Contributors: 11
Author Tokens Token Proportion Commits Commit Proportion
Johannes Weiner 1116 84.42% 17 41.46%
Matthew Wilcox 100 7.56% 5 12.20%
Vladimir Davydov 33 2.50% 4 9.76%
Kirill V Tkhai 28 2.12% 3 7.32%
Mel Gorman 28 2.12% 4 9.76%
Michal Hocko 5 0.38% 2 4.88%
Sebastian Andrzej Siewior 5 0.38% 2 4.88%
Hugh Dickins 3 0.23% 1 2.44%
Linus Torvalds 2 0.15% 1 2.44%
Greg Kroah-Hartman 1 0.08% 1 2.44%
Anton Blanchard 1 0.08% 1 2.44%
Total 1322 41

// SPDX-License-Identifier: GPL-2.0
 * Workingset detection
 * Copyright (C) 2013 Red Hat, Inc., Johannes Weiner

#include <linux/memcontrol.h>
#include <linux/writeback.h>
#include <linux/shmem_fs.h>
#include <linux/pagemap.h>
#include <linux/atomic.h>
#include <linux/module.h>
#include <linux/swap.h>
#include <linux/dax.h>
#include <linux/fs.h>
#include <linux/mm.h>

 *		Double CLOCK lists
 * Per node, two clock lists are maintained for file pages: the
 * inactive and the active list.  Freshly faulted pages start out at
 * the head of the inactive list and page reclaim scans pages from the
 * tail.  Pages that are accessed multiple times on the inactive list
 * are promoted to the active list, to protect them from reclaim,
 * whereas active pages are demoted to the inactive list when the
 * active list grows too big.
 *   fault ------------------------+
 *                                 |
 *              +--------------+   |            +-------------+
 *   reclaim <- |   inactive   | <-+-- demotion |    active   | <--+
 *              +--------------+                +-------------+    |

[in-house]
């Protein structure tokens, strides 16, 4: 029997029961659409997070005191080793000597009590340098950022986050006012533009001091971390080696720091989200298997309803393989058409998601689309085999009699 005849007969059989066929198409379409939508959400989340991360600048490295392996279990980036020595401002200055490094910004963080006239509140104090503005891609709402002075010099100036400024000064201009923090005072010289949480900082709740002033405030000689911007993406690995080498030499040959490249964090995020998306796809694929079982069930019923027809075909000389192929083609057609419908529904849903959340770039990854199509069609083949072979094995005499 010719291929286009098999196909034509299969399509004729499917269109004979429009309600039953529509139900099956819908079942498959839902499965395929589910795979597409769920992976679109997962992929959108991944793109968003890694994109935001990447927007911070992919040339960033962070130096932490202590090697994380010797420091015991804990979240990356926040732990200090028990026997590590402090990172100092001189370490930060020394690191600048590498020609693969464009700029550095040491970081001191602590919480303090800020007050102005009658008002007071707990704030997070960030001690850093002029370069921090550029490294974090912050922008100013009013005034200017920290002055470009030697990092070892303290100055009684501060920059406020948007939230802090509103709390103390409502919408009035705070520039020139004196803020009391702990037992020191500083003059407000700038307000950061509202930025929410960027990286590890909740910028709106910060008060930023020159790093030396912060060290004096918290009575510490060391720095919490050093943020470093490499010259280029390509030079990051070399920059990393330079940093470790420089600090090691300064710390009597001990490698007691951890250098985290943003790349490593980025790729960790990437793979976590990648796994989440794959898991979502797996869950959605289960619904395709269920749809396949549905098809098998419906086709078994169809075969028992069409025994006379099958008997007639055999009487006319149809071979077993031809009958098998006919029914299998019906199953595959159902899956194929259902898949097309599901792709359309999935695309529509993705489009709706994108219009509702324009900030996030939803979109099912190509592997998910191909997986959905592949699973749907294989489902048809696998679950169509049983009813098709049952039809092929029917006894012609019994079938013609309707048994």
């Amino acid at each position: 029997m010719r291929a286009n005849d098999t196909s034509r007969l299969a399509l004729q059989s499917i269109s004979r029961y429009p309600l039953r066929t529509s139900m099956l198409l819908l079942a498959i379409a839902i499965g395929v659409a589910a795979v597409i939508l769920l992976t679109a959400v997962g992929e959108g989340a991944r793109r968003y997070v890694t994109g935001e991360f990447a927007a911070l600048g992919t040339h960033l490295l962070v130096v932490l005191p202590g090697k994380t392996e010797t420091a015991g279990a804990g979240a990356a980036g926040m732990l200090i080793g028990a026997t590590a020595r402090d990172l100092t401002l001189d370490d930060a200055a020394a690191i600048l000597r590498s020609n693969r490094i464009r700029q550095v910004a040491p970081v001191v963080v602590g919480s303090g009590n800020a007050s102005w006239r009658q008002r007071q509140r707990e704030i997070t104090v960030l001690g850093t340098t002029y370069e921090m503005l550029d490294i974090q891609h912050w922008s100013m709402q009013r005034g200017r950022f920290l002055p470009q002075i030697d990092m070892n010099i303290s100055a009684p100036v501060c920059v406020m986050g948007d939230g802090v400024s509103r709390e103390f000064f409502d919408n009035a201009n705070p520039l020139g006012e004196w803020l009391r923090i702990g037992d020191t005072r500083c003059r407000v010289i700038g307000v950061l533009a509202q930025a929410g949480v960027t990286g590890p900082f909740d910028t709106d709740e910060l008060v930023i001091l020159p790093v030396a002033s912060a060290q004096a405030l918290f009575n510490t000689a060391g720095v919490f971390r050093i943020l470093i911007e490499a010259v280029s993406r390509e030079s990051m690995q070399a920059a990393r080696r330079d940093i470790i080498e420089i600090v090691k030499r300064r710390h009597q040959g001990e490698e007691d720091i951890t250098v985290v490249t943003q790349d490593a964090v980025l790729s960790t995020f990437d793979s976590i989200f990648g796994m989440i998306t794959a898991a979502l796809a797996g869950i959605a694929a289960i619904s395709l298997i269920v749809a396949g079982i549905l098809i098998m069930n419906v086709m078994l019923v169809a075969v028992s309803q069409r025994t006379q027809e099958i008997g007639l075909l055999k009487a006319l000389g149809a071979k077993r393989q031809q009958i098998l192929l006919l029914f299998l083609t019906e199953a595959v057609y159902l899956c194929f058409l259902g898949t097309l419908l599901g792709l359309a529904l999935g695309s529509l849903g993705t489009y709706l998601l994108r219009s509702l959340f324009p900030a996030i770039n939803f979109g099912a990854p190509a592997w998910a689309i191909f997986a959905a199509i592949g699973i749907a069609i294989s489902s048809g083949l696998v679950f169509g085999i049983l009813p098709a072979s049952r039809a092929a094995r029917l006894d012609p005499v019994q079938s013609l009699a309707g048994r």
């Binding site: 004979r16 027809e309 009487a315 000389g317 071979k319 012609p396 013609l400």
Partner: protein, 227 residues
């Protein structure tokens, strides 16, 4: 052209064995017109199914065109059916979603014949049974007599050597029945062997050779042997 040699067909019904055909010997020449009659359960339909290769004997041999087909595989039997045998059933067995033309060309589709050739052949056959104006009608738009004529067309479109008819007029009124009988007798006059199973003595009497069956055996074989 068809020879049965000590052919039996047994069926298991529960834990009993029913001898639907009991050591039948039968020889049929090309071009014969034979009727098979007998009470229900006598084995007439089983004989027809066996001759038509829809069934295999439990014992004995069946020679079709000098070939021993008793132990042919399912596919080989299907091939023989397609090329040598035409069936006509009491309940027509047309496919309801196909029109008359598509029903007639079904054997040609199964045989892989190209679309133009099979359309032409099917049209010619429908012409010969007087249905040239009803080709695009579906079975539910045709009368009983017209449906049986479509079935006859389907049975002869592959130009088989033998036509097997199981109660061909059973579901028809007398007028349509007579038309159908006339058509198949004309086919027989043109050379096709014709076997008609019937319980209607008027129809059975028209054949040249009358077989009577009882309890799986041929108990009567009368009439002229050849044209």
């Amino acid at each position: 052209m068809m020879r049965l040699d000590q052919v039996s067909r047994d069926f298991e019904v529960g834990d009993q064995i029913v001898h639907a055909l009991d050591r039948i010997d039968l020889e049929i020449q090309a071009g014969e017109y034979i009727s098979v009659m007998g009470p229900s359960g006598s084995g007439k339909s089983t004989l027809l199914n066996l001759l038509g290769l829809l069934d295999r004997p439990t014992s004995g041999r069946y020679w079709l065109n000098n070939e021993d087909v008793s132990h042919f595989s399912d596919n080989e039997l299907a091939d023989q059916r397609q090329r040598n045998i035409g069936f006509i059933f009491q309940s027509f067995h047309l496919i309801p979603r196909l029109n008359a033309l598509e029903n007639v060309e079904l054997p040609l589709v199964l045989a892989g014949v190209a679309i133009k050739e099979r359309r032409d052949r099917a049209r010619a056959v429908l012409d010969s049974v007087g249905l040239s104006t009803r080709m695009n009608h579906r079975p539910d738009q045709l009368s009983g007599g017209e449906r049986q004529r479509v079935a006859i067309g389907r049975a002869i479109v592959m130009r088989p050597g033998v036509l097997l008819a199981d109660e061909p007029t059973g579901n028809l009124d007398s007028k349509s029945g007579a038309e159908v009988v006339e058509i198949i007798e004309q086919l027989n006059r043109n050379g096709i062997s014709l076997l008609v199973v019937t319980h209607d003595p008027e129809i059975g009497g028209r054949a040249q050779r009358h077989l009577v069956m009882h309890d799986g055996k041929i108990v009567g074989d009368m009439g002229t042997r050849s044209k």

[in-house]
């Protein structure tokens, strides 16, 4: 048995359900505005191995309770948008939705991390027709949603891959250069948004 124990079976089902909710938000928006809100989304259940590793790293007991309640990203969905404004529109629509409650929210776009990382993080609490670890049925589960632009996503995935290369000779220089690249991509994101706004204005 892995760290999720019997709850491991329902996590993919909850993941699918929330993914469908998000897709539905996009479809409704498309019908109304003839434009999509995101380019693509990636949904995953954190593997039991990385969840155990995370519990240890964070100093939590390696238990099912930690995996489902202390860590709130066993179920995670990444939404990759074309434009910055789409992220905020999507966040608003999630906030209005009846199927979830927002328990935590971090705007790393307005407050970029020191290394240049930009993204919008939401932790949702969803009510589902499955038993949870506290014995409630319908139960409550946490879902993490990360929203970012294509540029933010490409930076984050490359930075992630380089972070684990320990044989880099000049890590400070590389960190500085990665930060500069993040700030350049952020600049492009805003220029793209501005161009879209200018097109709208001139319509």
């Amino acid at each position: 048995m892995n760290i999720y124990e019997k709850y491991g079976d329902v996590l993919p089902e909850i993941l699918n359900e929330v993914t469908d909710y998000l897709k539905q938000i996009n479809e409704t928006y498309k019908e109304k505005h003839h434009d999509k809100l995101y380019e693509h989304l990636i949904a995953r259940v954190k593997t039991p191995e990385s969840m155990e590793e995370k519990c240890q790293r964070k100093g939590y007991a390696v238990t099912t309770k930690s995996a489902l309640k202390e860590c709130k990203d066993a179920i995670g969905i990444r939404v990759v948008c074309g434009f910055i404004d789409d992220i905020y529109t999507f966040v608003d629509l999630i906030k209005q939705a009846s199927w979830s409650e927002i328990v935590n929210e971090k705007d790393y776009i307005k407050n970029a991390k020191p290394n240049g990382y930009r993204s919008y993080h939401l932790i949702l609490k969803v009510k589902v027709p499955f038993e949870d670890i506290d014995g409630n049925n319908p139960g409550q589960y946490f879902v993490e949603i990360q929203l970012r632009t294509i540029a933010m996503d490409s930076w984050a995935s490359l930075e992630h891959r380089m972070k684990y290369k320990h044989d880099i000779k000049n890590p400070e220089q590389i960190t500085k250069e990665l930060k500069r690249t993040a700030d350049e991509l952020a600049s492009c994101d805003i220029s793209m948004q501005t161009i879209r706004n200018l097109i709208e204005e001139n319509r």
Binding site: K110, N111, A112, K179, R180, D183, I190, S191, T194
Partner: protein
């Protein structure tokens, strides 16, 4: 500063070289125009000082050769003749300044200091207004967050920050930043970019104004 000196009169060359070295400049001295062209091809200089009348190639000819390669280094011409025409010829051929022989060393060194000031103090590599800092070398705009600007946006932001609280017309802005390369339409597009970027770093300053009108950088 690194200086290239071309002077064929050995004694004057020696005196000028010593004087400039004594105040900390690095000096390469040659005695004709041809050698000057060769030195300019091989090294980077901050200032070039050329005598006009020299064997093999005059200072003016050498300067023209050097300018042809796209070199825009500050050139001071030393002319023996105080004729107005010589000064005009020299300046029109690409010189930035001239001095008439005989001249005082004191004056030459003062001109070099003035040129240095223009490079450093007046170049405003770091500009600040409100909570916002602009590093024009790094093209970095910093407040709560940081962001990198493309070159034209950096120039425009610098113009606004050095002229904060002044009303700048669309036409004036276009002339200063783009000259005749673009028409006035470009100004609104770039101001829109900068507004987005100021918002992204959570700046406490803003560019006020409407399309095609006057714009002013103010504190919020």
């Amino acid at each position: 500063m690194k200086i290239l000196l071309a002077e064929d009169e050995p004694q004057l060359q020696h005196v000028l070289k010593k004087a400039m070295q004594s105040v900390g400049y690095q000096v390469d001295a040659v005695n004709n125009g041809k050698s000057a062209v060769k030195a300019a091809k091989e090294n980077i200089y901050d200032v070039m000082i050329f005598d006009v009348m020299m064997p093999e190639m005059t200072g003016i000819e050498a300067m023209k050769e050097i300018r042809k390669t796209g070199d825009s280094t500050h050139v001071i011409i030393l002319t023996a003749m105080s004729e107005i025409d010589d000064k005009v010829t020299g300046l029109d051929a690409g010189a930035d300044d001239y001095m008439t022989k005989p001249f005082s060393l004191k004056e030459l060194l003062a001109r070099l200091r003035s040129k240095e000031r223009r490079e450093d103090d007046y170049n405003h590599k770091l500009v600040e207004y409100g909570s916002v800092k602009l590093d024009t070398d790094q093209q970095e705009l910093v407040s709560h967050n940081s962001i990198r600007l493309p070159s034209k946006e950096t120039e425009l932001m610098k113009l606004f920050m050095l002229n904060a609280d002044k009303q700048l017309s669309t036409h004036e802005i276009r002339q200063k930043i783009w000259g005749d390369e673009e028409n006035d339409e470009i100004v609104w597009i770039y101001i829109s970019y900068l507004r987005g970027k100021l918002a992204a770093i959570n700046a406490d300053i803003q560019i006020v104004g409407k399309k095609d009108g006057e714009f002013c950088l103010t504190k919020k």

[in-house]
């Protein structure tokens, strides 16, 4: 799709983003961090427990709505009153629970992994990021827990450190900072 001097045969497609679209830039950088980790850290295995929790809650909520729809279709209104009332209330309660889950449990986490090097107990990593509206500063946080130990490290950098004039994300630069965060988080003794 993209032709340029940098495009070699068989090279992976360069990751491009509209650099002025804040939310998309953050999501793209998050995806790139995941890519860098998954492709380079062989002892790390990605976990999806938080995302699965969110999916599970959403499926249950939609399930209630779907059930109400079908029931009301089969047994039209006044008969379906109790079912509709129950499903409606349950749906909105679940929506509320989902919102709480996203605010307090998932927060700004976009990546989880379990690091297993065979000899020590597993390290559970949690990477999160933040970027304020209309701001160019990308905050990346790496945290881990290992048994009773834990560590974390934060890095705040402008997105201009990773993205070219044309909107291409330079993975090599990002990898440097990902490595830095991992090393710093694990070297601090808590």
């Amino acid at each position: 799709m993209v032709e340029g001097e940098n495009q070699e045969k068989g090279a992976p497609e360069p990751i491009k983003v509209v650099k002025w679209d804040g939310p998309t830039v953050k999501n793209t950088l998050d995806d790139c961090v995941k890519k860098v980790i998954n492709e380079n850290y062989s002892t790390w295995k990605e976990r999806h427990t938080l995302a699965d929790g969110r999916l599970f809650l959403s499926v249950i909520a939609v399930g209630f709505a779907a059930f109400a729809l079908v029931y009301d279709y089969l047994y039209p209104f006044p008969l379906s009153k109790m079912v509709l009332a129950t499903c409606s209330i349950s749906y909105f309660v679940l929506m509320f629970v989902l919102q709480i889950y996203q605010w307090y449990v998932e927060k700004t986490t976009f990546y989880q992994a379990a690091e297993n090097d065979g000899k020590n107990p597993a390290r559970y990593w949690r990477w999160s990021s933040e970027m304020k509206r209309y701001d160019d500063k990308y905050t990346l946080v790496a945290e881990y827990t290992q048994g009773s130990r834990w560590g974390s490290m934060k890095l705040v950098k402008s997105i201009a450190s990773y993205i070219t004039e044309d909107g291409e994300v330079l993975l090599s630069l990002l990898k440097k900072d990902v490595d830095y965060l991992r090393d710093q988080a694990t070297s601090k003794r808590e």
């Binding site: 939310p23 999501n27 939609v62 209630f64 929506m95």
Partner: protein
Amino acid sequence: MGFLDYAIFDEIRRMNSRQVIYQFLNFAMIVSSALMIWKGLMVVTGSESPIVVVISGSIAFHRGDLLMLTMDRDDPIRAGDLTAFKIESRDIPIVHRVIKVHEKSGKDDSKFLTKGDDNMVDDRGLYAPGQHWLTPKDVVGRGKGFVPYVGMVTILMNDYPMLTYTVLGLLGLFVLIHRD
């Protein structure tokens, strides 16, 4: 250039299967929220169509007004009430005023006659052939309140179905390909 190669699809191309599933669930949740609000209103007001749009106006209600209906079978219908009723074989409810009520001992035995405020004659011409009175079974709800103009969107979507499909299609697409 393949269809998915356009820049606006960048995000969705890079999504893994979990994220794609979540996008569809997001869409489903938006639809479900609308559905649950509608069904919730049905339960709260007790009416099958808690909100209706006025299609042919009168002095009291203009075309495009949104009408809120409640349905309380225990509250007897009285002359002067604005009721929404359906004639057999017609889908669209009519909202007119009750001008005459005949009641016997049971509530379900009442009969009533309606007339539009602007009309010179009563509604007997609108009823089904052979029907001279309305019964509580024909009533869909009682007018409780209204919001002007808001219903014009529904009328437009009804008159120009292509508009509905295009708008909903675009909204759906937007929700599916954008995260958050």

*                     |                                           |
 *                     +-------------- promotion ------------------+
 *		Access frequency and refault distance
 * A workload is thrashing when its pages are frequently used but they
 * are evicted from the inactive list every time before another access
 * would have promoted them to the active list.
 * In cases where the average access distance between thrashing pages
 * is bigger than the size of memory there is nothing that can be
 * done - the thrashing set could never fit into memory under any
 * circumstance.
 * However, the average access distance could be bigger than the
 * inactive list, yet smaller than the size of memory.  In this case,
 * the set could fit into memory if it weren't for the currently
 * active pages - which may be used more, hopefully less frequently:
 *      +-memory available to cache-+
 *      |                           |
 *      +-inactive------+-active----+
 *  a b | c d e f g h i | J K L M N |
 *      +---------------+-----------+
 * It is prohibitively expensive to accurately track access frequency
 * of pages.  But a reasonable approximation can be made to measure
 * thrashing on the inactive list, after which refaulting pages can be
 * activated optimistically to compete with the existing active pages.
 * Approximating inactive page access frequency - Observations:
 * 1. When a page is accessed for the first time, it is added to the
 *    head of the inactive list, slides every existing inactive page
 *    towards the tail by one slot, and pushes the current tail page
 *    out of memory.
 * 2. When a page is accessed for the second time, it is promoted to
 *    the active list, shrinking the inactive list by one slot.  This
 *    also slides all inactive pages that were faulted into the cache
 *    more recently than the activated page towards the tail of the
 *    inactive list.
 * Thus:
 * 1. The sum of evictions and activations between any two points in
 *    time indicate the minimum number of inactive pages accessed in
 *    between.
 * 2. Moving one inactive page N page slots towards the tail of the